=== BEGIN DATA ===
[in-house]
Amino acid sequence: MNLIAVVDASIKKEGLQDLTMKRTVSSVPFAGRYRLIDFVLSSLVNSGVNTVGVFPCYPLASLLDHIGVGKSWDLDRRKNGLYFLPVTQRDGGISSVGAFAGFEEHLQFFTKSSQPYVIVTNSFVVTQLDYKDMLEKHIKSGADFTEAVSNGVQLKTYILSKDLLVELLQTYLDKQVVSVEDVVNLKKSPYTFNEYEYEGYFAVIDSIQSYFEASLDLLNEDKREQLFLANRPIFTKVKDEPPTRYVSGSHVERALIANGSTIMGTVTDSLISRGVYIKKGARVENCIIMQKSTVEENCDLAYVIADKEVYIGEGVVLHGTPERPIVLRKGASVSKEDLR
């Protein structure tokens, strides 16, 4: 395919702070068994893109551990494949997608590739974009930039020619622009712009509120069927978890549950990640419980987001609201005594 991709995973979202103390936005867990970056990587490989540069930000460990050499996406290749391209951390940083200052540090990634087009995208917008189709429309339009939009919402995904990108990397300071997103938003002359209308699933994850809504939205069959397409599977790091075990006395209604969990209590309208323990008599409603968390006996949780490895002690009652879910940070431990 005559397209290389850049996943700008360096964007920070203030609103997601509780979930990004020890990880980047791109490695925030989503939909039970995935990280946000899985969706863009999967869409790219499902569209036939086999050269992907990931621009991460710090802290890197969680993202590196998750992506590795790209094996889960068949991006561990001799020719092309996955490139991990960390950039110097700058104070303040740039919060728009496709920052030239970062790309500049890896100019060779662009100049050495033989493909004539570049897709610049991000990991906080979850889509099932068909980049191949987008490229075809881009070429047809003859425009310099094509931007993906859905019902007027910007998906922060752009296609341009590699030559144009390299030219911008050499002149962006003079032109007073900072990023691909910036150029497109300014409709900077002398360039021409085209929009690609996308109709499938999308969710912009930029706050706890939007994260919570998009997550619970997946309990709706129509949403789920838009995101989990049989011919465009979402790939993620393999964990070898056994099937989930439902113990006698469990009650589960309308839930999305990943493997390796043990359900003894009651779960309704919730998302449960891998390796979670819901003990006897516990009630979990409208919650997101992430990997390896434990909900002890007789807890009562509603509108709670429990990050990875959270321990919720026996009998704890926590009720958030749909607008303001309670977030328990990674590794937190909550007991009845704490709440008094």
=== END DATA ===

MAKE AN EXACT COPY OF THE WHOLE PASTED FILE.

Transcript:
[in-house]
Amino acid sequence: MNLIAVVDASIKKEGLQDLTMKRTVSSVPFAGRYRLIDFVLSSLVNSGVNTVGVFPCYPLASLLDHIGVGKSWDLDRRKNGLYFLPVTQRDGGISSVGAFAGFEEHLQFFTKSSQPYVIVTNSFVVTQLDYKDMLEKHIKSGADFTEAVSNGVQLKTYILSKDLLVELLQTYLDKQVVSVEDVVNLKKSPYTFNEYEYEGYFAVIDSIQSYFEASLDLLNEDKREQLFLANRPIFTKVKDEPPTRYVSGSHVERALIANGSTIMGTVTDSLISRGVYIKKGARVENCIIMQKSTVEENCDLAYVIADKEVYIGEGVVLHGTPERPIVLRKGASVSKEDLR
């Protein structure tokens, strides 16, 4: 395919702070068994893109551990494949997608590739974009930039020619622009712009509120069927978890549950990640419980987001609201005594 991709995973979202103390936005867990970056990587490989540069930000460990050499996406290749391209951390940083200052540090990634087009995208917008189709429309339009939009919402995904990108990397300071997103938003002359209308699933994850809504939205069959397409599977790091075990006395209604969990209590309208323990008599409603968390006996949780490895002690009652879910940070431990 005559397209290389850049996943700008360096964007920070203030609103997601509780979930990004020890990880980047791109490695925030989503939909039970995935990280946000899985969706863009999967869409790219499902569209036939086999050269992907990931621009991460710090802290890197969680993202590196998750992506590795790209094996889960068949991006561990001799020719092309996955490139991990960390950039110097700058104070303040740039919060728009496709920052030239970062790309500049890896100019060779662009100049050495033989493909004539570049897709610049991000990991906080979850889509099932068909980049191949987008490229075809881009070429047809003859425009310099094509931007993906859905019902007027910007998906922060752009296609341009590699030559144009390299030219911008050499002149962006003079032109007073900072990023691909910036150029497109300014409709900077002398360039021409085209929009690609996308109709499938999308969710912009930029706050706890939007994260919570998009997550619970997946309990709706129509949403789920838009995101989990049989011919465009979402790939993620393999964990070898056994099937989930439902113990006698469990009650589960309308839930999305990943493997390796043990359900003894009651779960309704919730998302449960891998390796979670819901003990006897516990009630979990409208919650997101992430990997390896434990909900002890007789807890009562509603509108709670429990990050990875959270321990919720026996009998704890926590009720958030749909607008303001309670977030328990990674590794937190909550007991009845704490709440008094």